High Court Decision on Bills of Lading to hit Trade Finance Banks

By Lisa Hillary & Daniel Jennings

The recent decision in the case of Sea Master Shipping Inc v Arab Bank (Switzerland) Ltd [2018] EWHC 1902 (Comm) looks set to challenge the very business model that trade finance banks are based upon. Following the recent ruling banks will be subject to the jurisdiction of an arbitral tribunal appointed under bills of lading previously held by them as security which could result in liability for claims even though they were not involved in the underlying contract of carriage.

The role of the trade finance bank is to finance international trade by providing what has been described as “self-liquidating” short term finance to traders. The bank holds bills of lading that cover the cargoes in order to secure repayment of the purchase price. However, the banks are generally reluctant to get involved in the underlying contract of carriage because in doing so they would be burdened by taking on the rights and obligations that such involvement entails.

The Facts

The case arises out of a claim for demurrage by shipowners. As the charterers were unable to pay the demurrage invoice, the owners claimed demurrage from a Swiss trade finance bank that had financed the purchase of the cargo of soyabeanmeal.

The shipowners argued that the trade finance bank was liable as a result of their being an original party to the contract contained in and evidenced by a replacement “switch” bill of lading issued by the bank in Zurich in exchange for the original bills of lading. The “switch” bill was issued because the charterers had lost their buyer at the named discharge port in Morocco and consequently entered into a substitute sale contract which stipulated that delivery should take place in Lebanon.

The tribunal was unpersuaded by the argument that the trade finance bank was liable and held that it did not have jurisdiction over the issue because the bank was not a party to the original switch bill of lading. Unhappy with this decision, the shipowner challenged the decision under section 67 of the Arbitration Act 1996.

The Decision

The Commercial Court took the opposite view. Popplewell J held that the tribunal did in fact have jurisdiction. This was despite the fact that the bank did not have either the rights or obligations under the switch bill at the commencement of arbitration.

Popplewell J held that because the bank had previously held rights of suit under the switch bill pursuant to section 2 of the Carriage of Goods by Sea Act 1992 (COGSA 1992) the tribunal had the required jurisdiction.

This was despite the fact that the bank had never come subject to any obligations under the switch bill in accordance with section 3 of COGSA 1992 and had even lost the rights of suit it held in accordance with section 2 of COGSA 1992 by the time arbitration was commenced as a result of the endorsement of the switch bill in favour of the Lebanese buyer.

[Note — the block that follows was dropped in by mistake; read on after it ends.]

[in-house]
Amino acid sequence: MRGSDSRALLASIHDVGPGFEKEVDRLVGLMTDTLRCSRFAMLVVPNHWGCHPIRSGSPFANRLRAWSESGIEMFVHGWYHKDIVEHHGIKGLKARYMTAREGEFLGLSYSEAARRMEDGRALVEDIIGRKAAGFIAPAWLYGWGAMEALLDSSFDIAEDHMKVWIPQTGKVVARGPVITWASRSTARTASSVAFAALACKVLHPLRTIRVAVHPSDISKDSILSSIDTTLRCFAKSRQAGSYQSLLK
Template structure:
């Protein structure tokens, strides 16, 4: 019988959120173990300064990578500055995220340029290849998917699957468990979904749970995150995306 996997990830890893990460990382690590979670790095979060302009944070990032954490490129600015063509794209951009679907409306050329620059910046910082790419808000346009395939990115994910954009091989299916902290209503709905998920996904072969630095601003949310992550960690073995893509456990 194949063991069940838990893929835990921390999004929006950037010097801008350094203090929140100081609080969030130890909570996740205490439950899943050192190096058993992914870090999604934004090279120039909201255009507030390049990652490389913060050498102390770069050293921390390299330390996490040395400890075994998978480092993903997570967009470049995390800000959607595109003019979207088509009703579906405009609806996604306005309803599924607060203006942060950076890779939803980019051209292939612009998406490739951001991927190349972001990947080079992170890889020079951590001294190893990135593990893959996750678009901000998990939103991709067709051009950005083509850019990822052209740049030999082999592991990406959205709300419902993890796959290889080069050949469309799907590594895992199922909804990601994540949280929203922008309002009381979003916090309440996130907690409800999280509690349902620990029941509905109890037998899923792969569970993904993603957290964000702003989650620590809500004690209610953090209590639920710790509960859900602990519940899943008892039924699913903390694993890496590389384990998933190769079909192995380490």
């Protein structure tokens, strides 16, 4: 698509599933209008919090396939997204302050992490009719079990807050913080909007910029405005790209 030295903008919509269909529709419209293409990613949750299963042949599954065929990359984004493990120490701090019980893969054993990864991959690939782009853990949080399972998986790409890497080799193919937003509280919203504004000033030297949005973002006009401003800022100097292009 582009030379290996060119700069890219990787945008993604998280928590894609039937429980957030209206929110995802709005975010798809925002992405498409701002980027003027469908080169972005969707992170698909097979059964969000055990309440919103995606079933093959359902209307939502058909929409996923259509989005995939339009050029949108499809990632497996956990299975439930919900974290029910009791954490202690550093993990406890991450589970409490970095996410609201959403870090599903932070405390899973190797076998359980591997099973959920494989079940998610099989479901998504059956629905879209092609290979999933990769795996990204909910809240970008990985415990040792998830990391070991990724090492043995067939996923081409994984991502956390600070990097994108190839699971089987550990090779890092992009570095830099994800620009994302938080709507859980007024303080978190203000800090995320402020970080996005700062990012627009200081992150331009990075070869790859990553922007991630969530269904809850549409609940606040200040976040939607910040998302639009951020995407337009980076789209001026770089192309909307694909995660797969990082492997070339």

It was the view of Popplewell LJ that the doctrine of separability applied to this case. This means that the assumption that COGSA 1992 intended to treat rights and obligations under the arbitration agreement as the same as those of the parties under the bill of lading contract is incorrect. When the bank became lawful holder of the switch bill it became subject to an obligation to arbitrate disputes that fell within the scope of the arbitration clause that the switch bill contained despite the fact that the bank no longer had rights of suit under the same bill.


This decision is likely to be a contentious one for trade finance banks. It represents a direct challenge to the existing body of case-law on the subject. The ruling directly contradicts the obiter comments made by Aikens J in Primetrade AG v Ythan Ltd (“The Ythan”) [2006] 1 Lloyd’s Rep 457. The position in “The Ythan” would certainly be preferable for trade finance banks as the obligation to arbitrate would only exist if the bank becomes subject to the liabilities under the bill of lading pursuant to section 3 of COGSA 1992 or if the bank makes a claim against the owner within the terms of the arbitration clause of the bill of lading.

It will be interesting to see whether the Sea Master will be followed by the Court of Appeal. Trade finance banks will certainly hope that it isn’t and until such time will need to be aware of potential liabilities under bills of lading held as security for trade transactions.

If you have any queries about this article, please get in touch with Lisa Hillary, whose details appear below.

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About the contributor

  • Lisa Hillary Partner

    Lisa is a Partner in the London Office and a member of the Shipping and International Trade and Commodities Group and the Energy Team.

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